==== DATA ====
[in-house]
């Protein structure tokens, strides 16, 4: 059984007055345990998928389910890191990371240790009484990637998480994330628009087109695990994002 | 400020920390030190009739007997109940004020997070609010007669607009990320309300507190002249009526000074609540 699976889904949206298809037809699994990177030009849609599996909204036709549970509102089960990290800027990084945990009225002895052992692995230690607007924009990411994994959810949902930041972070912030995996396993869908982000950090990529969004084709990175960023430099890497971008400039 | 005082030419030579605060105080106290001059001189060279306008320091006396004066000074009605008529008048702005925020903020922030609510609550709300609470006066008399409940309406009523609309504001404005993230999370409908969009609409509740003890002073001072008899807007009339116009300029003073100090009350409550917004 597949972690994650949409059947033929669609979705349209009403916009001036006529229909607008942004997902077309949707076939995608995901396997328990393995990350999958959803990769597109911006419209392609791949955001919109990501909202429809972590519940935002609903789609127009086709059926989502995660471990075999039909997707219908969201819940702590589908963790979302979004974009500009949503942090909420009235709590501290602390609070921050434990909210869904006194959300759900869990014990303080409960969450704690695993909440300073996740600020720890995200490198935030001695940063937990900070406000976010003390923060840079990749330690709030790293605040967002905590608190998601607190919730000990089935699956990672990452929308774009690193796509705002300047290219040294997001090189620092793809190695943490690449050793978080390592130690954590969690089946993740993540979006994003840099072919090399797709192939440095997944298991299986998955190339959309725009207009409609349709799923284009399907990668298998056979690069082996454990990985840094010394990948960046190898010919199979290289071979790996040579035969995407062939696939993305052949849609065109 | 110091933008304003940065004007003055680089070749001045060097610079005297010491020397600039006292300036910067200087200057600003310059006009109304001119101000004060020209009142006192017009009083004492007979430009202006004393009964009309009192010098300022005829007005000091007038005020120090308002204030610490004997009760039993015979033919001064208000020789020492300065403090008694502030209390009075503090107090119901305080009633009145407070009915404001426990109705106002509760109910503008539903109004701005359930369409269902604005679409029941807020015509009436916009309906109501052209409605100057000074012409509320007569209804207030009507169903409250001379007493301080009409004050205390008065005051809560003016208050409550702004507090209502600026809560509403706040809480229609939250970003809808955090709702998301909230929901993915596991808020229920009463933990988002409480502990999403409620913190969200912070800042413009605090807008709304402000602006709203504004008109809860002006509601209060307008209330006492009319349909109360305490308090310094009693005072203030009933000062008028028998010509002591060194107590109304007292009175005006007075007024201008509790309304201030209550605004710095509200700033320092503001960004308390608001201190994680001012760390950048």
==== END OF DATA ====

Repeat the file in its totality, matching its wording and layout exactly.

[in-house]
């Protein structure tokens, strides 16, 4: 059984007055345990998928389910890191990371240790009484990637998480994330628009087109695990994002 | 400020920390030190009739007997109940004020997070609010007669607009990320309300507190002249009526000074609540 699976889904949206298809037809699994990177030009849609599996909204036709549970509102089960990290800027990084945990009225002895052992692995230690607007924009990411994994959810949902930041972070912030995996396993869908982000950090990529969004084709990175960023430099890497971008400039 | 005082030419030579605060105080106290001059001189060279306008320091006396004066000074009605008529008048702005925020903020922030609510609550709300609470006066008399409940309406009523609309504001404005993230999370409908969009609409509740003890002073001072008899807007009339116009300029003073100090009350409550917004 597949972690994650949409059947033929669609979705349209009403916009001036006529229909607008942004997902077309949707076939995608995901396997328990393995990350999958959803990769597109911006419209392609791949955001919109990501909202429809972590519940935002609903789609127009086709059926989502995660471990075999039909997707219908969201819940702590589908963790979302979004974009500009949503942090909420009235709590501290602390609070921050434990909210869904006194959300759900869990014990303080409960969450704690695993909440300073996740600020720890995200490198935030001695940063937990900070406000976010003390923060840079990749330690709030790293605040967002905590608190998601607190919730000990089935699956990672990452929308774009690193796509705002300047290219040294997001090189620092793809190695943490690449050793978080390592130690954590969690089946993740993540979006994003840099072919090399797709192939440095997944298991299986998955190339959309725009207009409609349709799923284009399907990668298998056979690069082996454990990985840094010394990948960046190898010919199979290289071979790996040579035969995407062939696939993305052949849609065109 | 110091933008304003940065004007003055680089070749001045060097610079005297010491020397600039006292300036910067200087200057600003310059006009109304001119101000004060020209009142006192017009009083004492007979430009202006004393009964009309009192010098300022005829007005000091007038005020120090308002204030610490004997009760039993015979033919001064208000020789020492300065403090008694502030209390009075503090107090119901305080009633009145407070009915404001426990109705106002509760109910503008539903109004701005359930369409269902604005679409029941807020015509009436916009309906109501052209409605100057000074012409509320007569209804207030009507169903409250001379007493301080009409004050205390008065005051809560003016208050409550702004507090209502600026809560509403706040809480229609939250970003809808955090709702998301909230929901993915596991808020229920009463933990988002409480502990999403409620913190969200912070800042413009605090807008709304402000602006709203504004008109809860002006509601209060307008209330006492009319349909109360305490308090310094009693005072203030009933000062008028028998010509002591060194107590109304007292009175005006007075007024201008509790309304201030209550605004710095509200700033320092503001960004308390608001201190994680001012760390950048």